MACRA benchmarks will be easy to attain --> "Fire" all non compliant patients. I am not sure that this is "GOOD HEALTH CARE" but it will make a physician's statistics look good. I am retired for the last year but my medical practice was 95% Medicaid and I rarely "fired" patients. Lots of "no call, no show" (often patients "Fired" from other medical practices) and my statistic did not look good when compared to a 100% Insurance medical practice or a "Concierge" Practice. However, many of my patients showed improvement, perhaps not as much as could be done, but an improvement for them.
    • cfw43@------.com
      MACRA benchmarks will be easy to attain --> "Fire" all non compliant patients. I am not sure that this is "GOOD HEALTH CARE" but it will make a physician's statistics look good. I am retired for the last year but my medical practice was 95% Medicaid and I rarely "fired" patients. Lots of "no call, no show" (often patients "Fired" from other medical practices) and my statistic did not look good when compared to a 100% Insurance medical practice or a "Concierge" Practice. However, many of my patients showed improvement, perhaps not as much as could be done, but an improvement for them.
    • Anonymous
      Non adherence is a major malpractice risk. I have spoken with many plaintiff lawyers and they do not understand and make fun of doctors continuing to see non adherent patients. They compare it to "Russian Roulette". Their recommendation is clear cut: Discharge non compliant patients! You do not want to take the risk! MACRA does nothing to eliminate this. Therefore,my suggestion in future is straight forward: after appropriate discussion and help with what we can do to improve compliance patients with ongoing non adherence will be discharged. I also agree with all above comments, well said.
    • Anonymous
      The key is partnering with the patient, says Amelia Coleman, director of practice management consulting for MBA HealthGroup, a firm with offices in New York City and Burlington, Vermont. “Those doctors are going to have to find better ways to engage with patients; they’re going to have to take a more active approach’” she says. “A patient is going to be into a care plan if they believe in that care plan and can see how it benefits them.” I am family physician with 25 years of experience who still provides full spectrum care except obstetrics - including ICU/night call, ED coverage. This person if she had an education in medicine, could not walk 24 hours in my shoes. I have no idea why physicians listen to consultants like this. They have lost touch with reality. In my opinion, most important metric that cannot be manipulated is accessibility. Physicians know that an RVU at 2am is more difficult than at noon. Administrators, consultants and payers do not seem to understand that there is a severe shortage family physicians and internists. We don't have to put up with their rules under façade of quality metrics. Instead, any thinking doctor understands that it is really a mechanism to justify their existence and limit payments to physicians. If it wasn't for my commitment to care for my hospitalized patients, I would joint the direct pay movement. This movement will provide a much needed counter balance to these central planners.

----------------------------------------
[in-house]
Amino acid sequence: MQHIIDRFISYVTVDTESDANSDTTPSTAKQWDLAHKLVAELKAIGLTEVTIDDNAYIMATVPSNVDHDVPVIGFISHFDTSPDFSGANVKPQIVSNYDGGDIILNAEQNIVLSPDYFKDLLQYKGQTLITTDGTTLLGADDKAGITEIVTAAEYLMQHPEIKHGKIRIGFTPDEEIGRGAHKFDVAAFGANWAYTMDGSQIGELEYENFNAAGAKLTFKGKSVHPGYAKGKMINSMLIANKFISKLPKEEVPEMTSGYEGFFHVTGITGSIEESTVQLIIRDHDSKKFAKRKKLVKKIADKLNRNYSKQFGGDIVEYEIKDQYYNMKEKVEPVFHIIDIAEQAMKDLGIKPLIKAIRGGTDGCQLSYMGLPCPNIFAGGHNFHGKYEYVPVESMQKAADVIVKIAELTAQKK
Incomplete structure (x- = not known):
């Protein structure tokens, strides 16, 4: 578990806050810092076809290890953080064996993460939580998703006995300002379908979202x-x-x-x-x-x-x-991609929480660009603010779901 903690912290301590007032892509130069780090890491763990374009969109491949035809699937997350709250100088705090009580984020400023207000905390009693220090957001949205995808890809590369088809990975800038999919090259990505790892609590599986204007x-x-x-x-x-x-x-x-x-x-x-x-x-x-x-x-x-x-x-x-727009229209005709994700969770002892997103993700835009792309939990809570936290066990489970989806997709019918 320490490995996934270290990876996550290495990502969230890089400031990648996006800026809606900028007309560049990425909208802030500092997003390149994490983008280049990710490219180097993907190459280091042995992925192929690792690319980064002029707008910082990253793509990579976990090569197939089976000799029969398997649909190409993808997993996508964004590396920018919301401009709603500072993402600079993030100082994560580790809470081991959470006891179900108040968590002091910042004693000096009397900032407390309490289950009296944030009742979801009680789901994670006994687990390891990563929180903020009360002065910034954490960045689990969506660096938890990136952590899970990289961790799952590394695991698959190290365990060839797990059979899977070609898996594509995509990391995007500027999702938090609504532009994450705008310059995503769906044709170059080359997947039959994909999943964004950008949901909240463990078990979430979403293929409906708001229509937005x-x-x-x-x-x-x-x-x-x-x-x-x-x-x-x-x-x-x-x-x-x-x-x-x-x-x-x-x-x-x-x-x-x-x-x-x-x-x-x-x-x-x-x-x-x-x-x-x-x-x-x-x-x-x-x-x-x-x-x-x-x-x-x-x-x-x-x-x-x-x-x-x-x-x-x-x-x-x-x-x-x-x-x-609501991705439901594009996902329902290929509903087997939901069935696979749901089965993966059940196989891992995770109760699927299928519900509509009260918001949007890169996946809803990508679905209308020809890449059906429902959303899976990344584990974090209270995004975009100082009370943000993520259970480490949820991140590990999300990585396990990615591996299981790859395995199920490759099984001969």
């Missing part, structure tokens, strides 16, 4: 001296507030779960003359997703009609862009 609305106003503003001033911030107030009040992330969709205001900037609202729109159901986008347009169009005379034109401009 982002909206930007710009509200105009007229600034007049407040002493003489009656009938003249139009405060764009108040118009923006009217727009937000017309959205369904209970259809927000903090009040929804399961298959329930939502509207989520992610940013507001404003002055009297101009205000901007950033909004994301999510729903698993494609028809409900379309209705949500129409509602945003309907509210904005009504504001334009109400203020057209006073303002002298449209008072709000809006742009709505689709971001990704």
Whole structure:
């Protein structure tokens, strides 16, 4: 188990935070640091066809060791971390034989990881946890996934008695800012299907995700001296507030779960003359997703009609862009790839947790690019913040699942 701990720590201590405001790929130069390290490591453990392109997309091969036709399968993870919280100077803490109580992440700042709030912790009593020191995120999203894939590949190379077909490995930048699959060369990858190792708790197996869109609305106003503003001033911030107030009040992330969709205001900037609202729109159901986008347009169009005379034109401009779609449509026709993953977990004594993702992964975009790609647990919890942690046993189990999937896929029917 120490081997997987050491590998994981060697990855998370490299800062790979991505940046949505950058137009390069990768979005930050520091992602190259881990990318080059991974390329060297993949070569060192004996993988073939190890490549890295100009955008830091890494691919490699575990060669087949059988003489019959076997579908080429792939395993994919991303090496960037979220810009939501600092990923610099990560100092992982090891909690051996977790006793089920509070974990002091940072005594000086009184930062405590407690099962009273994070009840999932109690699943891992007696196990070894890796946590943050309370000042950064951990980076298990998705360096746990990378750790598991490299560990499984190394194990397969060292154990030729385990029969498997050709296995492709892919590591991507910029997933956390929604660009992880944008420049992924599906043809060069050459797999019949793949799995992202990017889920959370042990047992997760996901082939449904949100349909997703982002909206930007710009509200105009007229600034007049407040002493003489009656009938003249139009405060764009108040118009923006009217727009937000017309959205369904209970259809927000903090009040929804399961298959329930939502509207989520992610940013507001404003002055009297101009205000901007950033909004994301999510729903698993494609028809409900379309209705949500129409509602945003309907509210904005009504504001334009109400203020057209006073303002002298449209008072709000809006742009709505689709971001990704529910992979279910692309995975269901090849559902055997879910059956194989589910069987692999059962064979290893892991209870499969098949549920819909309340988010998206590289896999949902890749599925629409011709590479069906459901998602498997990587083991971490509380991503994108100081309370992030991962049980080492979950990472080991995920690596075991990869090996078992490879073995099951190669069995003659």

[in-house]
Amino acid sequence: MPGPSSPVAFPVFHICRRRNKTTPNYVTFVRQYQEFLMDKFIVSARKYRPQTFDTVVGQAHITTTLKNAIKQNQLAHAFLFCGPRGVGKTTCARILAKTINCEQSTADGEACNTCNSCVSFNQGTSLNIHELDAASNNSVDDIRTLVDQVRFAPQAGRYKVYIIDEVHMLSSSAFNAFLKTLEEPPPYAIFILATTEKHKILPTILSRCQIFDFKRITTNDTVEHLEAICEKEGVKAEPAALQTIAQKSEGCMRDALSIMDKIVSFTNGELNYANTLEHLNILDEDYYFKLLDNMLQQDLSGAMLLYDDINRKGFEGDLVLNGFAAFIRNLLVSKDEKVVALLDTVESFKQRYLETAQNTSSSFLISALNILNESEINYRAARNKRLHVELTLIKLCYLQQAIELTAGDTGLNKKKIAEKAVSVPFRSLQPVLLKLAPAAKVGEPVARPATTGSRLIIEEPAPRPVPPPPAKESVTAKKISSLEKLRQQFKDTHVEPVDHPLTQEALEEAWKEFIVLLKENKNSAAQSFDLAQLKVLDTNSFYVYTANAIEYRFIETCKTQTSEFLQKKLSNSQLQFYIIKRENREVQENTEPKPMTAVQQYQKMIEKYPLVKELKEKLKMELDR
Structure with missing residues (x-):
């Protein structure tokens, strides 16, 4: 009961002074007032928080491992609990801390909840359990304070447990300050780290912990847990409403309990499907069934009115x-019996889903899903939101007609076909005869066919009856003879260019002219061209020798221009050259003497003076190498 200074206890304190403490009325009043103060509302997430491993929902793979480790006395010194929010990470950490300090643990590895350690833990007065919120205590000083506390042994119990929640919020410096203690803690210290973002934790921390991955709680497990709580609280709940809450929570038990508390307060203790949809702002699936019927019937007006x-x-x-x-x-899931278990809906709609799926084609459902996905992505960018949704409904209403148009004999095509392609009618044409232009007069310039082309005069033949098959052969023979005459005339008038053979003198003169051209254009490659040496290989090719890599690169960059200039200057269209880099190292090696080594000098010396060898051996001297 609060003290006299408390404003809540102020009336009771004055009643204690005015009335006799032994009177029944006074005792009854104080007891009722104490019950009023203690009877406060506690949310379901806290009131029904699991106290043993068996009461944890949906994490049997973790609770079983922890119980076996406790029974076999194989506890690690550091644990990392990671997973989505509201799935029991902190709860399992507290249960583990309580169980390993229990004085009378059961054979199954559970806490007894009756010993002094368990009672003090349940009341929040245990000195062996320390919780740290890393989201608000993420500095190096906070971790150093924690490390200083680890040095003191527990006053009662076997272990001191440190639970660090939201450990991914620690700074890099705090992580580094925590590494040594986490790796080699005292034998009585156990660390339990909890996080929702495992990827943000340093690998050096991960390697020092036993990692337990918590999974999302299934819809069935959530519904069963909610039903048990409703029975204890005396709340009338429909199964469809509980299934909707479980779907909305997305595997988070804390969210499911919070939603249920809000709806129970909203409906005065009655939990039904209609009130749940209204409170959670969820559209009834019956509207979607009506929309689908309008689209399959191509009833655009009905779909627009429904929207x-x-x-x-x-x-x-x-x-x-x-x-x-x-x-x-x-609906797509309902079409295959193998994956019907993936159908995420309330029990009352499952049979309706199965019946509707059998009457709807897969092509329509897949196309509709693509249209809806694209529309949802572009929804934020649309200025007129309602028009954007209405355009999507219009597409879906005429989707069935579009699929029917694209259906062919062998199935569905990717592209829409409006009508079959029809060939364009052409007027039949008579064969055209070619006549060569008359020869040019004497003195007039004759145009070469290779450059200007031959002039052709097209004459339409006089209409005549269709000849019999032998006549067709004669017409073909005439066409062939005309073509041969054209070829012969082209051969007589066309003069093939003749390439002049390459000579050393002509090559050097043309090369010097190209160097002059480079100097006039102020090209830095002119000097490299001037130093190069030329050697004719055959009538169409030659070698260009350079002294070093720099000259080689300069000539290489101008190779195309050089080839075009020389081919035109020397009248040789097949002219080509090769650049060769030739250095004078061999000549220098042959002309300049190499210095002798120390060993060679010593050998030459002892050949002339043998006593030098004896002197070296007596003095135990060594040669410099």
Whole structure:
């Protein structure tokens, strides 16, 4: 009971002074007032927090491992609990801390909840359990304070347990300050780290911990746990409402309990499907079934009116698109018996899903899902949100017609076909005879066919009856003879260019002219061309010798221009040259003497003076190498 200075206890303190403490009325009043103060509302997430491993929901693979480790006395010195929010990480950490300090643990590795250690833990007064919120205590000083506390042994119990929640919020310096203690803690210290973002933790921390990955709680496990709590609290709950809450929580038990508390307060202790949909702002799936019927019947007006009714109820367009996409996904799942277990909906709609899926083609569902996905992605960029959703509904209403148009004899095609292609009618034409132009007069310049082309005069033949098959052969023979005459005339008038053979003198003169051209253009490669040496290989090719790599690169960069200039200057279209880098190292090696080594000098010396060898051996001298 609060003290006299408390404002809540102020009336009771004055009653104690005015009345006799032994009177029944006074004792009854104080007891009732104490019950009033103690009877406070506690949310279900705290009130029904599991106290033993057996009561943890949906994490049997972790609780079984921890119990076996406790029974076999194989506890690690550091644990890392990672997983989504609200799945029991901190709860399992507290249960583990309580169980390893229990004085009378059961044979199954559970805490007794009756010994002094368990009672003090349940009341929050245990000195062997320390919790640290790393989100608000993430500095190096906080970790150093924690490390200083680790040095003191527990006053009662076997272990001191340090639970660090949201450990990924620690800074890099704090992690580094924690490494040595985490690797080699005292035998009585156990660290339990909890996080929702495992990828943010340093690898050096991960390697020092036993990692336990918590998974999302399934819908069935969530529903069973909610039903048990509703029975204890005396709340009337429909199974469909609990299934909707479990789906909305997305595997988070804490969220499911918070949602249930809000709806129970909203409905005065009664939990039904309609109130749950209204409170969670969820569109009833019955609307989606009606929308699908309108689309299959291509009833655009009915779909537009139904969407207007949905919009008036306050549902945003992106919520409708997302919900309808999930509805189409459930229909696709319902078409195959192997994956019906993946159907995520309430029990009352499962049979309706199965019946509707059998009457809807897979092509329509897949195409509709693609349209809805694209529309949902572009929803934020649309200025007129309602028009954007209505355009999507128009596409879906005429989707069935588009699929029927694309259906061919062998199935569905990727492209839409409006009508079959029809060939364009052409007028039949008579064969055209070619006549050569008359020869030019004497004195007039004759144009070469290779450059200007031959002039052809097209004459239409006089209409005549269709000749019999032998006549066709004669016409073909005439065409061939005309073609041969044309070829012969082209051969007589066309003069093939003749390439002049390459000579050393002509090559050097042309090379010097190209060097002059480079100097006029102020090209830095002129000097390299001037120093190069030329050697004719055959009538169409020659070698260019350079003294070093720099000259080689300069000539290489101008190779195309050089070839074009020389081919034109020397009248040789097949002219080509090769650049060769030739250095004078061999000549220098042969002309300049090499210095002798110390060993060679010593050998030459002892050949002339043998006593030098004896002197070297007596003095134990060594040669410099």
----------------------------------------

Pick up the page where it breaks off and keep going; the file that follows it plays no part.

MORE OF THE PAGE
• Anonymous
      I was thinking the same thing "she's never taken care of a patient in her entire life". I once went toe to toe with an obnoxious politician, Virg Bernero, who insisted that if doctors would just take the time to educate their patients, patients would fall in lock step with our advice and outcomes would be improved. I used to get pretty po'd at docs who would just write RX's while I turned blue trying to talk and explain TLC. I finally figured out why. While I still spend much time educating--often getting nowhere-- it makes me much slower than others who have given up-- others to whom I am compared by the number crunchers.
    • kl1325@------.com
      There is a point at which the patient MUST accept some measure of responsibility for his actions. If there is an ability to reach a satisfactory agreement between the patient and the physician, it should be reasonable to note in the chart that the patient refused a particular recommendation without penalizing the doctor. As long as the patient has all of the facts and has had a chance to get all of his questions answered, it is still up to him to decide what care or treatments he is willing to accept. Bureaucrats who never see a patient, and perhaps are not even physicians fullfil the premise that "Nothing is impossible for the person who does NOT have to do it."
    • Anonymous
      So I go buy a new car. They tell me to change the oil every 3000 miles, I don't. They tell me to burn regular gas, I use diesel. The engine blows up. I am going to ask for a refund of my money, must be automakers fault! Why do we put up with this bullshit? If it wasn't so real it would be comically funny.
    • Anonymous
      Love the analogy!
    • UBM User
      So I have a diabetic with rising sugars come in today. He says he likes to eat chocolate every day. He eats Hersheys kisses. I told him that he could have one a day as a compromise and he was shocked he could only have one. They are about 26 calories each so I compromised with up to four a day. He said he could not survive like that. He stated that he eats about 20 kisses per day and is unwilling to compromise on this. Under MACRA, his uncontrolled sugars and poor dietary compliance are MY FAULT?!? I don't think so.
    • Anonymous
      Yep, sorry. I have the same patients. Made housecalls-- was a real eye-opener.Didn't change anything. Still didn't listen. This is the craziest system. Medicaid providers are getting docked for not providing Pap smears to patients who don't show up.
    • amperrymd@------.com
      I would say that we should cut the salaries of the administrators and the academics because their hare-brained ideas have not cut the cost of Medicare and is driving us deeper into debt. Come on you geniuses - how about some good results!!!
    • Anonymous
      I hope the author is taking note of our comments. In some of his other writings for Medical Exonomics, he's given me the impression he's pretty ignorant of the physicians' challenges. Look at who he quoted for this article!